As you develop your plan you will probably need to make a budget. There may be things to purchase. You'll want to know if you can afford to do your project. Sometimes schools have limits on how much money can be spent on a science fair project. Businesses are run with budgets. Budgets are needed to determine if a project can be afforded and those budgets are monitored carefully. If the maximum amount of money you can spend is $30 and you've already spent $25 of it (and there are still 20 items on your list to purchase) you may have jeopardized your project (or at least your wallet)!

Sometimes there are lots of "hidden costs" in a project. Remember the recipe? The ingredients asked for "1 cup of sugar" and "1 teaspoon of sugar." Okay, you'll need to buy or have on hand sugar and vanilla. The hidden costs may be the "tools." Do you have a measuring cup and teaspoon?

Careful planning to identify these hidden costs will help you here! To reduce costs you may want to borrow what you can or see what you have around the house that you can use. You may also be able to get samples or scrap items from businesses, if you let them know that it is for a school project.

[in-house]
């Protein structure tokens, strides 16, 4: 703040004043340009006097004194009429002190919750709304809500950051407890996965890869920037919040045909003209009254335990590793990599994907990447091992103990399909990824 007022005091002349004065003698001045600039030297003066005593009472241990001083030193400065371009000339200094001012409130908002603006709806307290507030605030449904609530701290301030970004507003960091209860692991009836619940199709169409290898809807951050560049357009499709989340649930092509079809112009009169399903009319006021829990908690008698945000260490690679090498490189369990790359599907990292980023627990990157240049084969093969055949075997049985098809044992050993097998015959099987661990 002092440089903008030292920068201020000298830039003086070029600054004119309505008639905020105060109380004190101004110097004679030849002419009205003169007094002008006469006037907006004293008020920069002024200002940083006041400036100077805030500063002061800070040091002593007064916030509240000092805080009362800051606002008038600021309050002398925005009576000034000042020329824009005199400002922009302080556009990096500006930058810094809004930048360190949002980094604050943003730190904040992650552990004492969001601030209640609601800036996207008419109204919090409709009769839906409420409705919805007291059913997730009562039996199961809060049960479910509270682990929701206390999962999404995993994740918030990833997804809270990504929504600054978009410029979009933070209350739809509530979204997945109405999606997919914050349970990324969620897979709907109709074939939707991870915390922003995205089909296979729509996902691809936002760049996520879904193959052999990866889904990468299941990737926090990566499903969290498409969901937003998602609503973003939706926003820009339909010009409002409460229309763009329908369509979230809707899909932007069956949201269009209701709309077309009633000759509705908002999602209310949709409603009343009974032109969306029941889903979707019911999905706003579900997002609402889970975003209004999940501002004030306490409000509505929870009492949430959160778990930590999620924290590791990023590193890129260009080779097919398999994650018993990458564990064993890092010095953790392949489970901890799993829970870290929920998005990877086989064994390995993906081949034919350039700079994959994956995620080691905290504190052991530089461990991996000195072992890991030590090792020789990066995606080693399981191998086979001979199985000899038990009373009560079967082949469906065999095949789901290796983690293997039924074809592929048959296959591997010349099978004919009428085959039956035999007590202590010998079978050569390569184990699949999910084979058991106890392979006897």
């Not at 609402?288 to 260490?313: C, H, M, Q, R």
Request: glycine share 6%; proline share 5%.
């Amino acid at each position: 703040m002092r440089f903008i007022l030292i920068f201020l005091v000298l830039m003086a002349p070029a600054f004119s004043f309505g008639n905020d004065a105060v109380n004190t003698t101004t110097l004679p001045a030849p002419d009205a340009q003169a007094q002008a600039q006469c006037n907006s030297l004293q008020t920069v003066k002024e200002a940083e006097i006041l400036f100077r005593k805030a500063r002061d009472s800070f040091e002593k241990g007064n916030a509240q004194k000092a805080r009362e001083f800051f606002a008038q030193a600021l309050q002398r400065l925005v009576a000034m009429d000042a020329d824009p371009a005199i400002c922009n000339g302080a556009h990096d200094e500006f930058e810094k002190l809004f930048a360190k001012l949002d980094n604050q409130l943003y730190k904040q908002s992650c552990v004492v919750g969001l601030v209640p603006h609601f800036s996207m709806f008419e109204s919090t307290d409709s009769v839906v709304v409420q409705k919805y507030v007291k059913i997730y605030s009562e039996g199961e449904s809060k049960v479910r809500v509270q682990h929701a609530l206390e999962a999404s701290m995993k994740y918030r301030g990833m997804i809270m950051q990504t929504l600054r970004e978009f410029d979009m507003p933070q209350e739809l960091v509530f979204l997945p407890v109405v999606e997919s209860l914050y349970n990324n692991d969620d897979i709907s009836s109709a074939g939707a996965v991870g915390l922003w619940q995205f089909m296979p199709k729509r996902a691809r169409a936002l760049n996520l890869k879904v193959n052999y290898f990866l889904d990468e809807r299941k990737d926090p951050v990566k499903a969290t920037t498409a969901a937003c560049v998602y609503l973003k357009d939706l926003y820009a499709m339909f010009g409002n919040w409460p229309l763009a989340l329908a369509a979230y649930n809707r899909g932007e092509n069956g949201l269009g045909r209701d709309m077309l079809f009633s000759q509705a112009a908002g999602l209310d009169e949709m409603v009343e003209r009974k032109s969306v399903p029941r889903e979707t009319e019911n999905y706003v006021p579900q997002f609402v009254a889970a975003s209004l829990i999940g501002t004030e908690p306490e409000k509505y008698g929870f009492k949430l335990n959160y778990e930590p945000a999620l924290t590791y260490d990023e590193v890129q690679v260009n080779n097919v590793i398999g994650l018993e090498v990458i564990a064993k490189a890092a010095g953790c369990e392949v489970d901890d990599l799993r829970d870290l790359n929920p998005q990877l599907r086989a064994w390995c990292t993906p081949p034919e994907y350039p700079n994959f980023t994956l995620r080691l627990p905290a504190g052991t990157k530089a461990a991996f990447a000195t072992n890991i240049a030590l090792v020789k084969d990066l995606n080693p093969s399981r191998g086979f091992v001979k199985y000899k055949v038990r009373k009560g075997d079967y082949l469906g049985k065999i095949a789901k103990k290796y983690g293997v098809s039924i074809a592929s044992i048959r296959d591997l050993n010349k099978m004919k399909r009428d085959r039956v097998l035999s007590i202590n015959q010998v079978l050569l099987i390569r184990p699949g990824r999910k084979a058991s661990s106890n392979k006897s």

So, as part of your plan you will need a materials list. What do you need: new tennis balls, poster board, colored markers, tape measures, film, a video camera? Some of these things you may need to buy; others you can possibly borrow.

List everything; add up how much these items will cost. It may be more than you expected. DON'T PANIC! Look at it again! Do you really need everything? Can you borrow any of the items? Can you substitute something that you have readily available for something else on your list? You will be surprised how clever you become when your budget is tight!

Planning your time is important for another very practical reason. You want to be able to finish your project on schedule and enjoy it as much as possible. Have you ever been in a situation where at the last minute something went wrong and you didn't finish your homework on time? Or maybe you just waited until the last minute and didn't give yourself enough time to do a science fair project. Not only do you feel disappointed, but sometimes you just feel so rushed! You promise yourself - "next time I'm going to start earlier."

Here's a few tips:

1. Try and work on your project at least a little bit everyday. Even if you don't make much progress you are still farther along then you were yesterday.

2. Try and write your report as you go along; or write what you accomplished everyday in a journal. Writing your report as you conduct your project will help reduce the amount of work you have to do in those last days of your project. It also serves as a reminder of "where you left off" if you can't work on your project everyday.

The Blueprint - Your Instructions